Full course description for Psychological Testing
This course covers the basic principles and methods of statistics. It emphasizes techniques and applications in real-world problem solving and decision making. Topics include frequency distributions, measures of location and variation, probability, sampling, design of experiments, sampling distributions, interval estimation, hypothesis testing, correlation and regression.
Full course description for Statistics I
Additional courses that can be used to meet Minor requirements
Students learn the theory and practice of group membership skills, including group development, roles, norms and leadership responsibilities. Students also learn situational leadership styles and roles, interpersonal communication styles, conflict management, problem solving, feedback skills, and group activity planning, presentation and processing. Overlap: COMM 351 Communication in Work Groups and COMM 351T Communication in Work Groups Theory Seminar.
Full course description for Group Dynamics and Facilitation
The impact of technology on human and organizational behavior is examined within the context of psychological theory. Topics include challenges that technologies have created for individuals, social relations, and businesses; the effects of emerging technologies on self and others; and technology's effect on mental health and well-being. Students will explore psychological theories that address how and why we engage with technology and its products as well as the social and practical impacts of technology on the world today.
Full course description for The Impact of Technology on Human and Organizational Behavior
In this course students explore questions related to psychology's response to diversity and ethical principles, including: How has psychology dealt with issues of culture, race, ethnicity, class, gender, sexual orientation and ableism? How has this influenced basic theories in psychology? How does this affect specific groups or individuals in areas of research, assessment and therapeutic practice? What are the ethical standards that guide, and the ethical dilemmas that currently face, the field of psychology? How do issues of diversity and ethical principles influence and intersect with each other? Further, this course is designed to develop and expand students' critical knowledge of the central role of race, racism, and anti-racism in multiple contexts of society and aspects of everyday life. Students are asked to think critically about the societal and individual effects inherent in the information covered in this course.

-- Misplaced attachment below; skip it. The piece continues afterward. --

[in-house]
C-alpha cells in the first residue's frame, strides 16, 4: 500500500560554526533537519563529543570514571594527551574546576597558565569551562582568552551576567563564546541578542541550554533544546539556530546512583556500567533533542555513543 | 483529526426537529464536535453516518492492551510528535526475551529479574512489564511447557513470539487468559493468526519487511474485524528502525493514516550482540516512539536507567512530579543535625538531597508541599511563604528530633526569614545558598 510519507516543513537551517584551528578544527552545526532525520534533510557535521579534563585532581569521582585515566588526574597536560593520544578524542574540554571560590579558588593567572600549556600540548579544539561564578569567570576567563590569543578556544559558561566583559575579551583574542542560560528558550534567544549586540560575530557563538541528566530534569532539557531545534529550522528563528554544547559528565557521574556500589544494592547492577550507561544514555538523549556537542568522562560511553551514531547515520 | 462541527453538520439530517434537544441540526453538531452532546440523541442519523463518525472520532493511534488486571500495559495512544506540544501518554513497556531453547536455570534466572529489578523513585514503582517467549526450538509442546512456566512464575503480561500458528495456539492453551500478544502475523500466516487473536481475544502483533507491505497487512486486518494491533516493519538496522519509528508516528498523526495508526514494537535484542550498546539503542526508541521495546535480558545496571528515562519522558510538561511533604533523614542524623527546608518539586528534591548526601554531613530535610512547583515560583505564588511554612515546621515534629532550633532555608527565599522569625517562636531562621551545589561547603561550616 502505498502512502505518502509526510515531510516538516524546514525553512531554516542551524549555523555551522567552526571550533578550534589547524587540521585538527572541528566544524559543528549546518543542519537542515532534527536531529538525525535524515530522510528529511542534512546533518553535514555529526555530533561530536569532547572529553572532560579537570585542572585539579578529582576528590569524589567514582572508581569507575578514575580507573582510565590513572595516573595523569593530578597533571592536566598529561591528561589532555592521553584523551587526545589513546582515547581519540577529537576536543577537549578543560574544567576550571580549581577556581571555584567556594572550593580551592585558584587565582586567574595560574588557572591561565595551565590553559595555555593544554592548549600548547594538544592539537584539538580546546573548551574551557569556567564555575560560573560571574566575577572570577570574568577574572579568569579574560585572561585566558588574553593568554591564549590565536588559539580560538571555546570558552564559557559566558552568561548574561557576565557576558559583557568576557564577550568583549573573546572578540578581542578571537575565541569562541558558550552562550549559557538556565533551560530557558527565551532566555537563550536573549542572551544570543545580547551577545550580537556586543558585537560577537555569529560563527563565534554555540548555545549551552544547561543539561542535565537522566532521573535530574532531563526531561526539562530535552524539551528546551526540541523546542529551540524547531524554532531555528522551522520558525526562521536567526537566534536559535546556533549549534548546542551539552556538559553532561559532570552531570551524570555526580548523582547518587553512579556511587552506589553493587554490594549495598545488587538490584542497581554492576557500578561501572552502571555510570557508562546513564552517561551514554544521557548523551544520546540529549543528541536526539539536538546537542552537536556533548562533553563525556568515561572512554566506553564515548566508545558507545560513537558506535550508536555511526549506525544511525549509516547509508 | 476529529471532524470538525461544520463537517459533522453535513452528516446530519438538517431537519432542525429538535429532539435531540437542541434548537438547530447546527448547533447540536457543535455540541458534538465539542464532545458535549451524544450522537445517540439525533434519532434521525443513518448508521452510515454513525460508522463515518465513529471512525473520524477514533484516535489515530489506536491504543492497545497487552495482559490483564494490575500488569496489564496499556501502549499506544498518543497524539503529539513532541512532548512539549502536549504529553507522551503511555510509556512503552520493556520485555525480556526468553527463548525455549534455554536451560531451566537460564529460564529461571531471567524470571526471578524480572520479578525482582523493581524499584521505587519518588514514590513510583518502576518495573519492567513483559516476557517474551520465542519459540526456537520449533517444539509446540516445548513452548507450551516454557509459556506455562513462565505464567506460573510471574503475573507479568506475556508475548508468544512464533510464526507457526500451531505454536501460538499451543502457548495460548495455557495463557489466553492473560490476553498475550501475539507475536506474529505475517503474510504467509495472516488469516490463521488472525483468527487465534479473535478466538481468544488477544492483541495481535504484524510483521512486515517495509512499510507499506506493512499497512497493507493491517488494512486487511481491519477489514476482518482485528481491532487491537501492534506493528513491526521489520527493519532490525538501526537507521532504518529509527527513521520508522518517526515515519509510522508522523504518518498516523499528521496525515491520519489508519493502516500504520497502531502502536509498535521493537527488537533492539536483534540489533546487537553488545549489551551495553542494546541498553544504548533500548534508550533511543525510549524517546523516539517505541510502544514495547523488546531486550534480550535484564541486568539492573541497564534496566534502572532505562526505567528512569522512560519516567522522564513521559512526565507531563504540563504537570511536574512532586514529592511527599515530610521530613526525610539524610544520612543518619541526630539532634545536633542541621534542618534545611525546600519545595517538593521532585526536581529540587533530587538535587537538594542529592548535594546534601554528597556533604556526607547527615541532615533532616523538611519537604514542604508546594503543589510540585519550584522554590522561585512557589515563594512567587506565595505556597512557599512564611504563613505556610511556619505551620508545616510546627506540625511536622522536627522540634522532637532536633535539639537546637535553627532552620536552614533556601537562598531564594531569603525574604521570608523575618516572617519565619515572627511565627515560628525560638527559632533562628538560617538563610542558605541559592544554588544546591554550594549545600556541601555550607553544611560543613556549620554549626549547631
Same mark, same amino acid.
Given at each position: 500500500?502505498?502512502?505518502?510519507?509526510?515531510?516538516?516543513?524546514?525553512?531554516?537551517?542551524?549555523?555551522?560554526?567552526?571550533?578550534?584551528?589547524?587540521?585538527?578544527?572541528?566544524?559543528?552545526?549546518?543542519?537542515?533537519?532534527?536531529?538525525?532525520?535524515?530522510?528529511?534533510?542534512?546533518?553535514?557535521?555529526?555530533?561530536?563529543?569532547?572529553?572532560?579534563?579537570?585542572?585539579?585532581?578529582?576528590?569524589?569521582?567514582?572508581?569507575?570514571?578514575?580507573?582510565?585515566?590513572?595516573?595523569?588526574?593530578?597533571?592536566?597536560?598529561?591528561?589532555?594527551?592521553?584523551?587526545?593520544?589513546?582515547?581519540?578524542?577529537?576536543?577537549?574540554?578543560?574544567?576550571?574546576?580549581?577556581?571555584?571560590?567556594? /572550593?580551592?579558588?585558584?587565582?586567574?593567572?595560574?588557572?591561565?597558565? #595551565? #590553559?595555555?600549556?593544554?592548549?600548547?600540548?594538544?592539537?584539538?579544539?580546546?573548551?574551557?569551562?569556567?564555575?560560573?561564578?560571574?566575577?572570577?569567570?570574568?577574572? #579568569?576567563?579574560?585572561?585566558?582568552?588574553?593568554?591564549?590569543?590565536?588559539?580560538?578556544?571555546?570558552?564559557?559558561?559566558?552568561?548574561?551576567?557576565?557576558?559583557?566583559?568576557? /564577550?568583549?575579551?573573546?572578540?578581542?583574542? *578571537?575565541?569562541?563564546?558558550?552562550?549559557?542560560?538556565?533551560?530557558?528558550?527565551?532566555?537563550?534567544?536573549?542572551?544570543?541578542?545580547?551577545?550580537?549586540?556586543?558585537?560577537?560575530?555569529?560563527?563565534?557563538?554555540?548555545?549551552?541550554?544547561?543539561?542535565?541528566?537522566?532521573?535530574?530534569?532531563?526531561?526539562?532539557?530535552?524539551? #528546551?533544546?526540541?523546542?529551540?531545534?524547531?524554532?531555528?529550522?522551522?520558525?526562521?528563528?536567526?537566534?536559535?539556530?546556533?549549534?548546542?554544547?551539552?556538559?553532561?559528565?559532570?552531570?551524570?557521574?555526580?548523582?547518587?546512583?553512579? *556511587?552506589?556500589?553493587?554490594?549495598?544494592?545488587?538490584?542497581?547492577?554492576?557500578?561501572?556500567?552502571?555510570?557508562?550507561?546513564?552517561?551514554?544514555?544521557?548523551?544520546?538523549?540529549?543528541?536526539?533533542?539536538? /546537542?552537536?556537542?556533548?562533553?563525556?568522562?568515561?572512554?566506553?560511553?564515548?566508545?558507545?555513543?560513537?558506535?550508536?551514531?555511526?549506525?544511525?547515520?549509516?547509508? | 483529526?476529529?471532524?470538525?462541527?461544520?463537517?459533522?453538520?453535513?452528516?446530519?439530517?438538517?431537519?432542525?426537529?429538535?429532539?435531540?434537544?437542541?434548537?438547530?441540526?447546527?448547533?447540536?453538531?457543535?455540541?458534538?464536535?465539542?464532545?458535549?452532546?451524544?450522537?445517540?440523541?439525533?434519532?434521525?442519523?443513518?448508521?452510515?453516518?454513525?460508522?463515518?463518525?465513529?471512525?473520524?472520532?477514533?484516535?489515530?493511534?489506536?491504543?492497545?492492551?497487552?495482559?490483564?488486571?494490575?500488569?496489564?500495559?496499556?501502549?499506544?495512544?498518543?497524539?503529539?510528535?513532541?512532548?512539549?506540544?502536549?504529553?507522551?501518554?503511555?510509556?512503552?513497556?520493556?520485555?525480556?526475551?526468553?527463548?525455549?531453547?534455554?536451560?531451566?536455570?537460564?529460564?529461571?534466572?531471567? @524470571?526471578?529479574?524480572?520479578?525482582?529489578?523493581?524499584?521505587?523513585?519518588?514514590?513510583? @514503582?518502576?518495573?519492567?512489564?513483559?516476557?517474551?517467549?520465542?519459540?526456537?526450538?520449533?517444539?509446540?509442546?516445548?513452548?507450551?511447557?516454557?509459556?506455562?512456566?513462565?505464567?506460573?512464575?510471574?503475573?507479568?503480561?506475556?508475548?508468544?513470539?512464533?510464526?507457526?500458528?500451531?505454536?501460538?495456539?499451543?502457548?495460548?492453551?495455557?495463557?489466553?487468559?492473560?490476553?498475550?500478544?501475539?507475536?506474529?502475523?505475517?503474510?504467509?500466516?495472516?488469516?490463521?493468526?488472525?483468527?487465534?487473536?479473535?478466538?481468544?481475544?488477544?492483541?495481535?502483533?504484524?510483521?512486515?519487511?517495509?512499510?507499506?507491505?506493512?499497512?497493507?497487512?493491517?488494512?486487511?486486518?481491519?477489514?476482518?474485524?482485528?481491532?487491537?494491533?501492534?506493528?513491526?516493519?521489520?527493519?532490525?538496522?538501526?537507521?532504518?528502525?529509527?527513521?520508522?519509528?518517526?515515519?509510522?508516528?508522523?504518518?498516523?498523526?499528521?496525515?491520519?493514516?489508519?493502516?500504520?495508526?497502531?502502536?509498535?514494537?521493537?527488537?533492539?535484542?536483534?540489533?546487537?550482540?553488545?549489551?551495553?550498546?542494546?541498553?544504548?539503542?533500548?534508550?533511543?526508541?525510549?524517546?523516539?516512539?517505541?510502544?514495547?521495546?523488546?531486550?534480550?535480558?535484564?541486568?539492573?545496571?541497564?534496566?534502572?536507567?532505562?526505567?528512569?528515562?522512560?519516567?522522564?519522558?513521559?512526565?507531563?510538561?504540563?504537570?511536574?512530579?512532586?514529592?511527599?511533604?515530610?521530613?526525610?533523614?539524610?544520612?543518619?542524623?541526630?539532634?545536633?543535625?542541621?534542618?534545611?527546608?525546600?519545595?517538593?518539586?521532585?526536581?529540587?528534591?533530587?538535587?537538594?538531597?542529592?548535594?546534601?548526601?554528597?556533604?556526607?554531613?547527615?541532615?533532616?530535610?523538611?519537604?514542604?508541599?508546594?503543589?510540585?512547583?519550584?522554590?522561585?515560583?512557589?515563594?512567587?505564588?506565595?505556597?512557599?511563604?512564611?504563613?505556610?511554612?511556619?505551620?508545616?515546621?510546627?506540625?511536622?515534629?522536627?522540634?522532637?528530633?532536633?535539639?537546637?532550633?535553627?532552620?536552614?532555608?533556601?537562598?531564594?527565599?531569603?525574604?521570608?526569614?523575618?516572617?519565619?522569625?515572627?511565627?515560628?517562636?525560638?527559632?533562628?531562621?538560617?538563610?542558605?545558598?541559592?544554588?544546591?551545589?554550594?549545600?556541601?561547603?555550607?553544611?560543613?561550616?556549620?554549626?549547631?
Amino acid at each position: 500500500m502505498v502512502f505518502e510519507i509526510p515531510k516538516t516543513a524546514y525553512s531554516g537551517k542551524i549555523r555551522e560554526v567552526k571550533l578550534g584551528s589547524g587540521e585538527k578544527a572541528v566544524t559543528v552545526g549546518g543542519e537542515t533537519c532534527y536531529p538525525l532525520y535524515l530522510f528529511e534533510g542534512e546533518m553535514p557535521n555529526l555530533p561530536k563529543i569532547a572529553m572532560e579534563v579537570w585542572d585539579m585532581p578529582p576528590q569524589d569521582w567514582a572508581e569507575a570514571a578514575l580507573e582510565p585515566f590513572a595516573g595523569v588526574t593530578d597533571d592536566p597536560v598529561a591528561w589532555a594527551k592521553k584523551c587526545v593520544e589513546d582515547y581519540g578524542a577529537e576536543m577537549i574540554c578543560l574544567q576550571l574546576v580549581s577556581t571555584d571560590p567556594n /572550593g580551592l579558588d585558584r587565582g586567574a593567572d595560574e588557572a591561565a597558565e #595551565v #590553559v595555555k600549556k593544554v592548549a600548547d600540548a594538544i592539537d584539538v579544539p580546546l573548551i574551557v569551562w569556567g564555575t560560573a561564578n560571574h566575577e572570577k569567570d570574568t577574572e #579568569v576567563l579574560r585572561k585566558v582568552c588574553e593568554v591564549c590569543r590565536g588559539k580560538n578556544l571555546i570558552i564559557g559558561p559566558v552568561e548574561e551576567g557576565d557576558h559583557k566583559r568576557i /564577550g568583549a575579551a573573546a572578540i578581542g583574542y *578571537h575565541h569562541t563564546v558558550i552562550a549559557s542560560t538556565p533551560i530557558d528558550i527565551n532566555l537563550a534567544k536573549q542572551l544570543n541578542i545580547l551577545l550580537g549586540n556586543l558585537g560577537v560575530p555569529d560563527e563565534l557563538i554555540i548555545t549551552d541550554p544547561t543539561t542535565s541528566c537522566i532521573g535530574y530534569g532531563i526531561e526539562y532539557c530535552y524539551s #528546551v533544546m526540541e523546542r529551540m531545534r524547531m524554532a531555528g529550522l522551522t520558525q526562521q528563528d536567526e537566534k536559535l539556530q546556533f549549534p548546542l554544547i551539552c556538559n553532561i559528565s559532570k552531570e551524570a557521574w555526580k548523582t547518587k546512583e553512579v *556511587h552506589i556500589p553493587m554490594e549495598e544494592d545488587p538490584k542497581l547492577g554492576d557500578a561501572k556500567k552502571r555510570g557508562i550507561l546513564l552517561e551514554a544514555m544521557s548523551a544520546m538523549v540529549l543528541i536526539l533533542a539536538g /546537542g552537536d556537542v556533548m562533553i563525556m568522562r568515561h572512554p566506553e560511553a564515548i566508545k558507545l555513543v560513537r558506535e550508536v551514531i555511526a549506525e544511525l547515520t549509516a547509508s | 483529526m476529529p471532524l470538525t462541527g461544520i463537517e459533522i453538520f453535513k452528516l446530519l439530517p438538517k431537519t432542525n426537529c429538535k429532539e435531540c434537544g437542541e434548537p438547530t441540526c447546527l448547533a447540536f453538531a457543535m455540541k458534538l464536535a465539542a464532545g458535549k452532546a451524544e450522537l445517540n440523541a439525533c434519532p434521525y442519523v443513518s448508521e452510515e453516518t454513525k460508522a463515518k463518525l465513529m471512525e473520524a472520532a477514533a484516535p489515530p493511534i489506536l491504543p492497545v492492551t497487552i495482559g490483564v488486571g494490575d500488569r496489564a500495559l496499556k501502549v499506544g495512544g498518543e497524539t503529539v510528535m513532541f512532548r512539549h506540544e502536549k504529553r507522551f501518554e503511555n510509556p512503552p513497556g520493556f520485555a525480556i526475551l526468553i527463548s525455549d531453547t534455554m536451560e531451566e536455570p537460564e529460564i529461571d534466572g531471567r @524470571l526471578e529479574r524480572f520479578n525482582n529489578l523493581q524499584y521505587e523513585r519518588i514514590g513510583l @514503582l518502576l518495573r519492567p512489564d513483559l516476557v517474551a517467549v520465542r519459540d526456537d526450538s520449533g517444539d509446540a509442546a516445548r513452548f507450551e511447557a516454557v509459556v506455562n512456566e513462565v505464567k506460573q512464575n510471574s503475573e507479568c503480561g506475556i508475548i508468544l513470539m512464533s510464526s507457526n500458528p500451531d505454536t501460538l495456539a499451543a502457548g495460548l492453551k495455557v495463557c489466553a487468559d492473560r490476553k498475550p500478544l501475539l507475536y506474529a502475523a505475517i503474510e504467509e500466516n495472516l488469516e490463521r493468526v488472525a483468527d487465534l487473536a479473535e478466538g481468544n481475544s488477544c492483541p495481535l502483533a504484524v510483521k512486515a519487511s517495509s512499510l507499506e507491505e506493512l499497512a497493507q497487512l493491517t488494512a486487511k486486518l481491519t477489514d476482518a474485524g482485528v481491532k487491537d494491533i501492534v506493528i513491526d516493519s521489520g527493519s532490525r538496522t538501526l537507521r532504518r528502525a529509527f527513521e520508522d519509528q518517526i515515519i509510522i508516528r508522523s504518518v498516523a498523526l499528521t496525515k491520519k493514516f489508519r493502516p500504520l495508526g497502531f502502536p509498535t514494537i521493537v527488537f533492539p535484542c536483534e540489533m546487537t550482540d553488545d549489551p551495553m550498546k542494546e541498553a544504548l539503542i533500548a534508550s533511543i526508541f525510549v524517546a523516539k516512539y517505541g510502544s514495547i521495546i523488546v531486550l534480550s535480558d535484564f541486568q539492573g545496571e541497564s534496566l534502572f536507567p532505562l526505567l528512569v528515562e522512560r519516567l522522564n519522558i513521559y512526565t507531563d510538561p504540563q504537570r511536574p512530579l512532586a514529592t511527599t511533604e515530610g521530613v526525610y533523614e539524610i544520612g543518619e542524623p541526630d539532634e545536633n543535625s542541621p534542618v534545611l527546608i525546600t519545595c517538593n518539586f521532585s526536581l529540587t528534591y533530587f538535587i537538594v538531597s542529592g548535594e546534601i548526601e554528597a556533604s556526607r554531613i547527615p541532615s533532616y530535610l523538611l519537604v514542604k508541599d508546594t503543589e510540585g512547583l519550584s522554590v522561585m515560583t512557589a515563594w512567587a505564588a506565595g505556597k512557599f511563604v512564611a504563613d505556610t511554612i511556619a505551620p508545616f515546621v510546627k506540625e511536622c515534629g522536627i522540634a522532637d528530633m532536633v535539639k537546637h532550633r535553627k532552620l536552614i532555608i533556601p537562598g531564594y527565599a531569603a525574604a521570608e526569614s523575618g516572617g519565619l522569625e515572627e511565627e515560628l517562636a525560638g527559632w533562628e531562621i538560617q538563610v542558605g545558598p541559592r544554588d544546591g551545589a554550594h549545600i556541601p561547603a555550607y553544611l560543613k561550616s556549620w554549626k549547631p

Full course description for Introduction to Diversity and Ethics in Psychology
This course is designed to help students plan their careers and develop lifelong learning strategies. Participants assess their interests, skills and aspirations in relation to the world of work. Topics include needs assessment, methods of achievement and analysis, goal planning, occupational field research, skills identification and strategy development. Students develop career plans balancing their personal aspirations with reality.
Full course description for Career Planning and Development
Forums are on topics of current importance in the field of psychology and are offered in collaboration with the Minnesota Psychological Association. Students are asked to write papers summarizing the content and discussing the relevance of principles and practices presented to their own activities or within a specified hypothetical context. Specific topics are listed in the Class Schedule or announced in the Catalyst. Note: At least 12 credits in psychology, human services, or social work prior to registration.
Full course description for Friday Forum Topics